EDMONDS — If you dig mid-century modern design, you won’t want to miss the new exhibit at Cascadia Art Museum. And if you go this evening during ArtWalk Edmonds, you can see it for free.
Northwest Design at Mid-Century opens today and is on exhibit through March 25. Curated by Northwest art scholar David Martin, this is probably the most complicated and engrossing of his shows since the museum opened in 2015.
Martin has drawn on his friendships with artists and their families, the University of Washington, the Tacoma Art Museum and the Museum of History and Industry to gather together an exhibition of ceramics, furniture, clothing, jewelry, weavings, paintings, photography, sculpture, fused glass and prints made in our region from about 1948 to 1966. Some of what is displayed has not been seen anywhere else.
The art pieces include two (from Glen Alps and George Tsutakawa) that were displayed in 1962 at the Century 21 Exposition, the Seattle World’s Fair.
After the Depression and World War II, the 1950s and ’60s in the Puget Sound region were an exciting, heady and vibrant time of innovative design. Boeing helped bring on the “jet set,” the economy boomed and artistic endeavors, especially at the University of Washington, flourished. The region’s ties to Scandinavia and Japan led a variety of artists to embrace the “spare, lean, natural and environmental ethos that have since become pronounced regional characteristics,” Martin said.
Be sure to take note of the beautiful and rare furniture designed by George Nakashima, Evert Sodergren, George Tsutakawa, Margaret Tomkins, James Fitzgerald and Gideon Kramer, whose famous ergonomic ION chair is an landmark of American design.
Arguably one of the greatest industrial designers of the 20th century, Kramer landed in Seattle in about 1940 and spent the last year of his life, 2012, in Mukilteo. His ION chairs were designed for the Space Needle and displayed at the Seattle World’s Fair. The largest collection of the chairs were at the World Trade Center in New York City when it was destroyed Sept. 11, 2001.
Fans of former Everett Community College art instructor Russell Day (after whom the EvCC gallery is named) will be thrilled to see the collection of Day’s jewelry on display, as well as a dress he made for his wife, Marjorie.
Other longtime Puget Sound area residents should enjoy seeing commercial artwork and funny illustrations from the late 1960s done for the Frederick & Nelson department store by Bob Cram, who was perhaps best known for his days as KING TV’s illustrative weatherman.
Before the Pilchuck Art School was established near Stanwood and the Northwest built a strong reputation for art glass, our region was known for innovative ceramists such as Ivarose Bovindon, Ngarie Hixson, Robert Sperry and Virginia Weisel, who operated The Kiln in Bellevue and died last year. Take special note of Weisel’s beautiful and colorful pots, as well as her sculpture and wood carvings.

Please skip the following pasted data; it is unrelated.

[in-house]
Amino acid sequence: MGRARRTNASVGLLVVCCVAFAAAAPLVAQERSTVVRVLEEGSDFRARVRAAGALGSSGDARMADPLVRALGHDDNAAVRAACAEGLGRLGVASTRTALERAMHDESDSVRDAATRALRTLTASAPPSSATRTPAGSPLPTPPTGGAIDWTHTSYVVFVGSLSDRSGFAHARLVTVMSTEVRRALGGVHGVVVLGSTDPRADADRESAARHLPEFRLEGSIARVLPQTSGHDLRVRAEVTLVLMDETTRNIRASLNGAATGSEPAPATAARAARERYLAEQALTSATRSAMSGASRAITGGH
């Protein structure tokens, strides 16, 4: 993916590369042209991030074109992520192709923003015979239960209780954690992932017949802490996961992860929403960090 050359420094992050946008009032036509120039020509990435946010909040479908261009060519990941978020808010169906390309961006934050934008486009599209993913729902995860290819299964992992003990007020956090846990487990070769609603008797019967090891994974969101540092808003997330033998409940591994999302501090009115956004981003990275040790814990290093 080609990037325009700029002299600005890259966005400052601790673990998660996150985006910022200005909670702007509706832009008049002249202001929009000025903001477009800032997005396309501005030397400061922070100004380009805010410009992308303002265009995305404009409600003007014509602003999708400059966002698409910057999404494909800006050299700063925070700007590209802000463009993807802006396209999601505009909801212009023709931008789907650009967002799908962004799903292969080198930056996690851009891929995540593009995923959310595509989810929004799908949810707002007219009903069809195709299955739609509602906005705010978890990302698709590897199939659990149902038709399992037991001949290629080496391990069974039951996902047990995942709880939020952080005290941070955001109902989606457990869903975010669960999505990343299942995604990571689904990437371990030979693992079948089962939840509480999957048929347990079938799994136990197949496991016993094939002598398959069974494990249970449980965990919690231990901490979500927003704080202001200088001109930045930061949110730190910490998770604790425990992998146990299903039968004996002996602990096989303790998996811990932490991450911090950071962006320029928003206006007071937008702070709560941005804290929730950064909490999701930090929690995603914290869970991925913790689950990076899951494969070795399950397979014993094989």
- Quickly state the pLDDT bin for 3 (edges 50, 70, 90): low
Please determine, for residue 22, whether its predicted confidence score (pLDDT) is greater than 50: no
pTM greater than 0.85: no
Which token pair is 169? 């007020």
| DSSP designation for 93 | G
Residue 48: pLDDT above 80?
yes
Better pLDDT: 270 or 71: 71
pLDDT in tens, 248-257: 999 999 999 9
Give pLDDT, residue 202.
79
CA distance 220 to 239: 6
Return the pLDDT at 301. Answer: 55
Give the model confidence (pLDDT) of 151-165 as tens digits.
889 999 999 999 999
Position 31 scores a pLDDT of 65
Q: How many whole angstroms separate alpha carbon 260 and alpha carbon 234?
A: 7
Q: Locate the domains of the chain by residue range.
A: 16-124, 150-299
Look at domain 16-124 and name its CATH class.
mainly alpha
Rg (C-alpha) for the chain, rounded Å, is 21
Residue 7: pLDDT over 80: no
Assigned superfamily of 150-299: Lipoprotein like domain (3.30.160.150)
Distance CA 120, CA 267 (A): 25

Enjoy the clay studio door painting done by Ralph and Lorene Spencer. Other paintings include those by Kenneth Callahan, Guy Anderson and Paul Horiuchi.
Klee Wyk Studios, which included Del McBride and three of his family members, produced beautiful tile murals, fabrics, hand-printed cards and furniture. Descended from the Cowlitz and Quinalt tribes, McBride produced some of the finest mid-century designs using Coast Salish Indian motifs.
Other artists represented in the exhibition include Everett DuPen, Hans Jorgensen, Elaine Jorgensen, James E. Peck, Ruth Penington and Danny Pierce. Don’t miss the clothing Pierce printed for his wife Julia Ann. Ties by Priscilla and Fay Chong and hats by John Eaton also are works of art.
Once again a show at Cascadia will be a revelation for many viewers. Martin and Cascadia Art Museum founder Lindsey Echelbarger have brought to light the talents of our region during the mid-20th century.
“We always knew that this regional work was really good,” Martin said. “The word is getting out.”
If you go
ArtWalk Edmonds, 5 to 8 p.m., Jan. 18 in downtown Edmonds. Free admission at Cascadia Art Museum. The museum is located at 190 Sunset and is usually open 11 a.m. to 6 p.m. Wednesday through Sunday. Admission is $7 for seniors and children, $10 for general admission and free for members.
For information about having coffee with curator David Martin, go to www.cascadiaartmuseum.org.
Cascadia will host a classical string quartet for January’s Music in the Museum concert series at 6 p.m., Jan. 20. The quartet includes Cascade Symphony Orchestra members Amy Crenshaw, Luis Alcantara-Nenninger, Veronica Ho and Norma Dermond.